05/04/2012 What does June’s mini-plenary session have in store for us ?
On the agenda for the mini-session that will take place in Brussels on Wednesday and Thursday are two of the EU’s most important policies: Cohesion policy and agricultural policy. Among other issues, the plenary will also discuss Mario Draghi’s possible appointment as head of the European Central Bank which already has the support of the Economic Affairs Committee. Cohesion policy will be subject to three different votes.
MEPs will be stating their position in particular on the M.-T. Sanchez-Schmid report which is about the future of cross-border, transnational and interregional cooperation (also known as “objective 3”).
Territorial cooperation under discussion
This report aims to increase the weight of objective 3 in several ways: improve its visibility, make implementation more flexible, and simplify the steps that project leaders need to take to receive funding. This would start with an increase in the budget for this part of cohesion policy and would require a slight change to how it works. European funds would be allocated directly in response to border issues and they would no longer be subject to Member State arbitration.
The report also makes proposals pushing for greater flexibility in certain areas such as the geographical limits of cooperation and through using tools such as the EGTC (European Grouping of Territorial Cooperation). These structures which are potentially open to stakeholders outside the EU should simplify the implementation of projects and enable administrative continuity to exist on each side of the border.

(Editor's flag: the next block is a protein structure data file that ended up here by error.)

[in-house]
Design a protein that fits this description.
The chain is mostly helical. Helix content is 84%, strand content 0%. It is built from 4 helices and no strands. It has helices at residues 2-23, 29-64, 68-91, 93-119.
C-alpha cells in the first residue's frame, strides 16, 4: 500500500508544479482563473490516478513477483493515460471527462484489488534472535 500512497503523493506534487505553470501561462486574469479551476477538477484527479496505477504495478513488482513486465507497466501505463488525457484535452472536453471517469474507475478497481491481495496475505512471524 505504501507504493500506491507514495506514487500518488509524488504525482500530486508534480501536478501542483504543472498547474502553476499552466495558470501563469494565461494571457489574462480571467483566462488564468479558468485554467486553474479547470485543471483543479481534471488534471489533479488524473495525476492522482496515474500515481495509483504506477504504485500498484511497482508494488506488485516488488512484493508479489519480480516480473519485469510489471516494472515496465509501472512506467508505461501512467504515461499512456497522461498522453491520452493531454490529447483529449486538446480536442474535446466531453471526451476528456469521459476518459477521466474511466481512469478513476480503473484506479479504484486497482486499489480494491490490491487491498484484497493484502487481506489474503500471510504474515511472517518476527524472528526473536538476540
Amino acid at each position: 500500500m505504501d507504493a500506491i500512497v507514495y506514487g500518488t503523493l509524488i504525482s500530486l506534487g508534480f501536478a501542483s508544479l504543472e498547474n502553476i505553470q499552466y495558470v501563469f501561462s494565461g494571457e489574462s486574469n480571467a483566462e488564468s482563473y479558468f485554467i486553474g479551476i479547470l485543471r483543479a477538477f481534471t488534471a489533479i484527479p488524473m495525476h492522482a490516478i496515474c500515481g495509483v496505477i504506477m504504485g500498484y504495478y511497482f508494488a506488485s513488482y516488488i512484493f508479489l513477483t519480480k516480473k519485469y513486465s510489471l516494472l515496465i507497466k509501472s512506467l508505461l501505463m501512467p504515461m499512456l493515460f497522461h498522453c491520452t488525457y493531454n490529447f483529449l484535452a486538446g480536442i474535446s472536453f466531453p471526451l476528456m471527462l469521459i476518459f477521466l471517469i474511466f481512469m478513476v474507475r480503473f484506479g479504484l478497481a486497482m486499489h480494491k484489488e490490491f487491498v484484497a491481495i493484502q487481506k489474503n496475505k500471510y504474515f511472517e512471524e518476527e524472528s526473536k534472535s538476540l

The agricultural policy of tomorrow ?
With the report presented by Albert Dess, an MEP from the EPP group, the Agriculture Committee hopes to influence future legislation regarding Europe’s agriculture sector. Agriculture remains one of the biggest parts of the EU budget. Three objectives have been decided upon for the future CAP: greener agriculture, fairer agriculture, stable markets.
The post-2013 agriculture policy should encourage farmers to make greater strides towards using renewable energy and techniques that are environmentally friendly and light on natural resources. As such, measures taken by farmers should be compensated using the direct payment mechanism that is fully funded by the EU.
The report calls for new distribution criteria for fairer division of aid. Each country should receive a minimum percentage of payments but direct payments per farmer would have an upper limit. Several criteria have been proposed such as taking into account impact on employment, size of farms and their impact on the environment.
Lastly, the report looked at the problem of price volatility on the market for agricultural products and proposed supply management tools to avoid overproduction. If a crisis on the market should occur, the Agriculture Committee proposes that a dedicated budget line be planned for to facilitate rapid intervention.
Mario Draghi, the Parliament’s candidate?
The race to replace Jean-Claude Trichet as head of the ECB is on and for now, Italy’s Mario Draghi is in the lead. While he has already been endorsed by several Member States, on June 14th he also gained the support of the Economic Affairs Committee chaired by the UK’s Sharon Bowles at a hearing in Parliament.
The ECON Committee’s positive position will be put to plenary vote, where Mr. Draghi’s candidacy will be debated.